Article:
Last week’s poll focused on the age old debate of spraying vs dabbing. Unsurprisingly, due to the fact that is the most commonly available application method, spraying won the battle with a total of 73.5% of the vote. What I found particularly interesting about the results was the fact that 20% answered that they didn’t care how the perfume was applied and a number of comments stated that it actually depended on the perfume as to whether they sprayed or dabbed, with dabbing being the preferred method of application for pure parfum/extrait and spraying for Eau de Parfum or Eau de Toilette.
This week’s poll moves on to a completely different subject, that of perfume genres. Tastes in perfume tend to be fairly eclectic and most fumeheads own a number of bottles from a variety of fragrance families, but most will also have a favourite, and I want to know what yours is. Register your vote and let me know your thoughts in the comments box below!
Throughout the majority of my perfume journey I have been under the impression that it’s all about the juice with my mantra very much being; ‘nothing else matters except the smell’. But I’m no longer sure that this is entirely true, after all a perfume is a concept, and the best perfumes are the ones where the smell, bottle, name and concept are harmonious with each other. One thing that I have recently discovered is that a bad name can really take away from my overall enjoyment of a perfume. I can hide a crap bottle and I don’t necessarily have to tell people the inspiration behind the perfume I’m wearing, but if the name is bad then things can go sour rapidly.
Take Shalimar for example, could Guerlain have picked a more beautiful and fitting name? Or what about Gorilla Perfume’s ‘Breath of God’? Or on the flip-side, think of Thierry Mugler’s Womanity, the hideous name (sorry Thierry) honestly does make me hesitate from picking up my bottle at times. A bad name can ruin things, just as a good name can be the cherry on top that makes for perfection.
One brand who can always be counted on for an interesting name is Etat Libre d’Orange – they’ve got it all, from Fat Electricians to Magnificent Secretions and Hotel Whores. I think these names are fabulous but I can understand why they might rub some people up the wrong way, they are after all quite risqué. But name-wise Etat Libre d’Orange are at their best when they aren’t trying to be controversial (‘Jasmin et Cigarette’ anyone?) and none have been bestowed with a more perfect name than their latest release – ‘Malaise of the 1970s’.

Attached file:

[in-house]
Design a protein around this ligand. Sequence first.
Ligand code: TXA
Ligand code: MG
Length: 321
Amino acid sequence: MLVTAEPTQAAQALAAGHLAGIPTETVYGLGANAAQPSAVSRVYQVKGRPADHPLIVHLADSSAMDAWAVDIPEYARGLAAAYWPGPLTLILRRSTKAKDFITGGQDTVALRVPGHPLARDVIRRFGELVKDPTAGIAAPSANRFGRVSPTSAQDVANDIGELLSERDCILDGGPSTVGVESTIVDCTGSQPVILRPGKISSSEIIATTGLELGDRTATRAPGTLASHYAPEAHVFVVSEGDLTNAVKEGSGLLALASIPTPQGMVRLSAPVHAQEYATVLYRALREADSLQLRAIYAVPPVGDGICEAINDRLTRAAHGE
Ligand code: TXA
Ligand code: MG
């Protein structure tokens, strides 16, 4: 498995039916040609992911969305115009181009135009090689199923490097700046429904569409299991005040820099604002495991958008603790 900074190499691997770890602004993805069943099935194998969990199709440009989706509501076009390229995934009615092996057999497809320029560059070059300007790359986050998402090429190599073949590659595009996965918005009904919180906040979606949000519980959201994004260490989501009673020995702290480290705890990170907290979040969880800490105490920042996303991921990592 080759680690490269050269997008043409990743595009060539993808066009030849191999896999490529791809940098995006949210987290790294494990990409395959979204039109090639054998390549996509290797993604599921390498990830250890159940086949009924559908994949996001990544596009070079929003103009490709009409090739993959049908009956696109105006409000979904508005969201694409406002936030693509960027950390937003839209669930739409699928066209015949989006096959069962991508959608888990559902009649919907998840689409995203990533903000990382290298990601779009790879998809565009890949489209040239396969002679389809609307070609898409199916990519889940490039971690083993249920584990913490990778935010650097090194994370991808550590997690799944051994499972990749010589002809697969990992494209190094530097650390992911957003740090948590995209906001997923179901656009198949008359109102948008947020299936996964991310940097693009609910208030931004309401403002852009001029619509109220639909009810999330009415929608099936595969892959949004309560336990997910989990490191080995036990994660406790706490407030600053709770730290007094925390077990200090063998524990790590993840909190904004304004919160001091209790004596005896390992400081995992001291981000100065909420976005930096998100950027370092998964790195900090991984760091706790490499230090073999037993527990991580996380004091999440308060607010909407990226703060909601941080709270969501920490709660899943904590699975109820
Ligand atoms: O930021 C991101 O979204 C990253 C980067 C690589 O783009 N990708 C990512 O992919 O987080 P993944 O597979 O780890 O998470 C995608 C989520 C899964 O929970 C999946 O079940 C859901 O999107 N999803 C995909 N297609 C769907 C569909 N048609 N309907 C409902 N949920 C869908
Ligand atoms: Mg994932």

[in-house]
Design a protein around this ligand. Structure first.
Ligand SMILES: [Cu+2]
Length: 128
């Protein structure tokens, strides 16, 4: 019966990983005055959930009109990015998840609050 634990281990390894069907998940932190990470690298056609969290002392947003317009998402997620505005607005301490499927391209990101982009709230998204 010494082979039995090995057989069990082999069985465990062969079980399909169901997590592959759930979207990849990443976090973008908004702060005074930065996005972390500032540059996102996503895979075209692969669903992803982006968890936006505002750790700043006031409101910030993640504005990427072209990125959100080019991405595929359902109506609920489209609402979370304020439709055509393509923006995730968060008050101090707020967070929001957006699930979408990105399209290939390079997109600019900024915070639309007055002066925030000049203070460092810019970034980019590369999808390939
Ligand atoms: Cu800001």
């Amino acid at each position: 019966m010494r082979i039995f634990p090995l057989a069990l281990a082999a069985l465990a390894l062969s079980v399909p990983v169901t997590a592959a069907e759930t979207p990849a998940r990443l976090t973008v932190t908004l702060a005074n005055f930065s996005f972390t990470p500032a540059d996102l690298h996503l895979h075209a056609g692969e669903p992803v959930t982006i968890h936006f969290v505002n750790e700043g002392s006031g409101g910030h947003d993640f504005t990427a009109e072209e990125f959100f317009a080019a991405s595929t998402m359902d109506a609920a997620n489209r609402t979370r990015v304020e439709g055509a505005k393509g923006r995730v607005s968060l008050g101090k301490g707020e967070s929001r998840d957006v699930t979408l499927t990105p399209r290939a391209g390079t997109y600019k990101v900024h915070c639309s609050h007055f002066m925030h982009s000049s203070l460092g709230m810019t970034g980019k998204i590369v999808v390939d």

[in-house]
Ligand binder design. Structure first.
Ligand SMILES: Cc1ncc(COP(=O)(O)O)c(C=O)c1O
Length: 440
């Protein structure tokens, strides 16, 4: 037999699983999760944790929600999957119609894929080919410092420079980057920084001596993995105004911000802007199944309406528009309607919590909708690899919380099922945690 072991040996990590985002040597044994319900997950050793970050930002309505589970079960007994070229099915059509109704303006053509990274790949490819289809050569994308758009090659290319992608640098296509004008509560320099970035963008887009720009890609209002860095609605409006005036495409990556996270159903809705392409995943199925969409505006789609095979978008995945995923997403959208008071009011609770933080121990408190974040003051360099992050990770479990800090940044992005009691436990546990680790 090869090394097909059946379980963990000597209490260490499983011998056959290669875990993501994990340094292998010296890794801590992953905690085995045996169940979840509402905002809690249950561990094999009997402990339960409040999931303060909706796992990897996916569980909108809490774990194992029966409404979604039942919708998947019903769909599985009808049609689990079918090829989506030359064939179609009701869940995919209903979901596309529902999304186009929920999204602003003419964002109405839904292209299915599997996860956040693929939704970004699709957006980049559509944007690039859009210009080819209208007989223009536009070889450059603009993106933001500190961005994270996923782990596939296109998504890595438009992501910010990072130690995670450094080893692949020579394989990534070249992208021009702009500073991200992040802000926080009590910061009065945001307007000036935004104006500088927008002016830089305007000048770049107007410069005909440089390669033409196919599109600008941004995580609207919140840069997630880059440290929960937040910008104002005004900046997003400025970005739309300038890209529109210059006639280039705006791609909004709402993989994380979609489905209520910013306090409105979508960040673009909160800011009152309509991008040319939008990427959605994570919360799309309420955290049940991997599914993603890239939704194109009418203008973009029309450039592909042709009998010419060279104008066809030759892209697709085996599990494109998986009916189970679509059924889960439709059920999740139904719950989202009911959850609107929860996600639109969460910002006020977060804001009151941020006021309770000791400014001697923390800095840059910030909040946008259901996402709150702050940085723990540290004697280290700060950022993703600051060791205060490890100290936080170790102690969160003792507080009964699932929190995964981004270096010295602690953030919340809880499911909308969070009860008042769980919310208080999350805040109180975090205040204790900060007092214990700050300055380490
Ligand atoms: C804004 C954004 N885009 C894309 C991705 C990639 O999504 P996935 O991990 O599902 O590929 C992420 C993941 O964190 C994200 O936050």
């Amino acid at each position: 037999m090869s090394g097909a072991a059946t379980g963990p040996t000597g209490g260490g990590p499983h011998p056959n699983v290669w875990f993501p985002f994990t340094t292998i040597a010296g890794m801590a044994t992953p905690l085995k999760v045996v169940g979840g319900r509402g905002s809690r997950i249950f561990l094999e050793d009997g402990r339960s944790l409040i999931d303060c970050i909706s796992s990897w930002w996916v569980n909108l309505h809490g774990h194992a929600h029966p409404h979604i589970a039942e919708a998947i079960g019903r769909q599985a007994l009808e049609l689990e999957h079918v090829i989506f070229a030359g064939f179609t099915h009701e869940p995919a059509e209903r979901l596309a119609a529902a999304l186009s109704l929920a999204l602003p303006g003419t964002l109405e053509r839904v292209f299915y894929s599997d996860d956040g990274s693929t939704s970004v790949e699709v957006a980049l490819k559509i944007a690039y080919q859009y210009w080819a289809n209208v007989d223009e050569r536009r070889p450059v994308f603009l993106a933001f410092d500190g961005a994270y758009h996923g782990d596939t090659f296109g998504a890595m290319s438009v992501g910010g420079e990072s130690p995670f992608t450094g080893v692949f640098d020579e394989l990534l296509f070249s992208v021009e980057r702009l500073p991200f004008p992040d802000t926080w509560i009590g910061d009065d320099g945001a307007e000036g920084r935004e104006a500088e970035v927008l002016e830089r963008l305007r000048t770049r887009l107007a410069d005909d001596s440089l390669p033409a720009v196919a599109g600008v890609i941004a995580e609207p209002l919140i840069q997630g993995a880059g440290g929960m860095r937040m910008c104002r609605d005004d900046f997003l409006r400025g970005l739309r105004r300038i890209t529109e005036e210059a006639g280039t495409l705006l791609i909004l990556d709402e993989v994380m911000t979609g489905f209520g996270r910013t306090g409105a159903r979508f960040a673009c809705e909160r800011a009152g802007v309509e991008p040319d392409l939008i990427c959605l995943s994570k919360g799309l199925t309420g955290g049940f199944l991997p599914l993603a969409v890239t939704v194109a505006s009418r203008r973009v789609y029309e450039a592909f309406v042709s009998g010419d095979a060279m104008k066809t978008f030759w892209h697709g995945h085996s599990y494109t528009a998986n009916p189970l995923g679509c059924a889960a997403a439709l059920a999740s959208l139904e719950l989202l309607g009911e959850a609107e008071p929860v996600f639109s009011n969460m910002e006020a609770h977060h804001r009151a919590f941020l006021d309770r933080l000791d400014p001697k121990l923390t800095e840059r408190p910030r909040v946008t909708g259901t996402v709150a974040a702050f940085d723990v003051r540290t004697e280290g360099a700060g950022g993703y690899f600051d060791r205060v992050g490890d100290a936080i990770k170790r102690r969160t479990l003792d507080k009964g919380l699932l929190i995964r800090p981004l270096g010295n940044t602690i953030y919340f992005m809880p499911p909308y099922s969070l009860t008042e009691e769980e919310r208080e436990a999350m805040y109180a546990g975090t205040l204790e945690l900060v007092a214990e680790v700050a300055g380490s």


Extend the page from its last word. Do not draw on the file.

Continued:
Malaise of the 1970s may be the latest perfume from the Orange Free State but it is in fact a repackaged version of 2010’s Sex Pistols fragrance created in collaboration with Sephora. Etat Libre d’Orange describe Malaise of the 1970s as being “Inspired by a wealth of seventies pop culture references, from Star Wars to The Stranglers, Malaise of the 1970s captures the resistant and tumultuous spirit of the times. A metallic juice that resonates like the twang of a guitar string, its sharpness reminiscent of safety pins fastened to tartan. A distillation of rebellion, music and raw emotion.” 
Perfume, like fashion, follows trends and these trends often relate to particular styles of perfumery or even individual notes. We very often see the same genus of perfumes coming on to the market at any one time, for instance fruity florals are everywhere at the moment and I challenge you to find 10 perfumes released in the last year that don’t contain pink pepper. But as with trends in fashion, things in the world of perfumery don’t last long before tastes change once again and a new style comes along. We are fickle creatures after all.
The problem with trends is that they very quickly become boring, and this has very much been the case with oud. Everyone has an oud, everybody from Guerlain to Creed, even Ferrari has one… (no, I’m not joking). A quick search of the Basenotes Fragrance Directory shows that there are in fact 199 fragrances containing the word oud in the title and a 148 which list the noble rot as a note. One can easily come to the conclusion that there are definitely too many ouds and it is easy to become overwhelmed by and even bored with the trend.
Of course, just because there are a lot of ouds on the market doesn’t mean that there isn’t still room for ingenuity and excellent craft, in fact it is quite the opposite, there are some really good ouds out there (just see The Candy Perfume Boy’s Guide to Oud). Last year Mona di Orio created Oud, a wonderfully unique take on oud, and this year Francis Kurkdjian does the same, and his offering could not be more unique.
OUD is the latest perfume to join the Maison Francis Kurkdjian lineup and it really is something very special. Francis Kurkdjian says of his oud offering: “My oud belongs to a marble palace engraved with gold, set under a dark-blue-star-studded night. It is the fine sand of the capricious sand dune, a fragrant harmattan in the silence of the desert.” Where most ouds are coloured in deep reds or rich browns, Kurkdjian’s is hued a pure cerulean blue and right from the beginning this OUD makes it clear that it is not your typical oud perfume.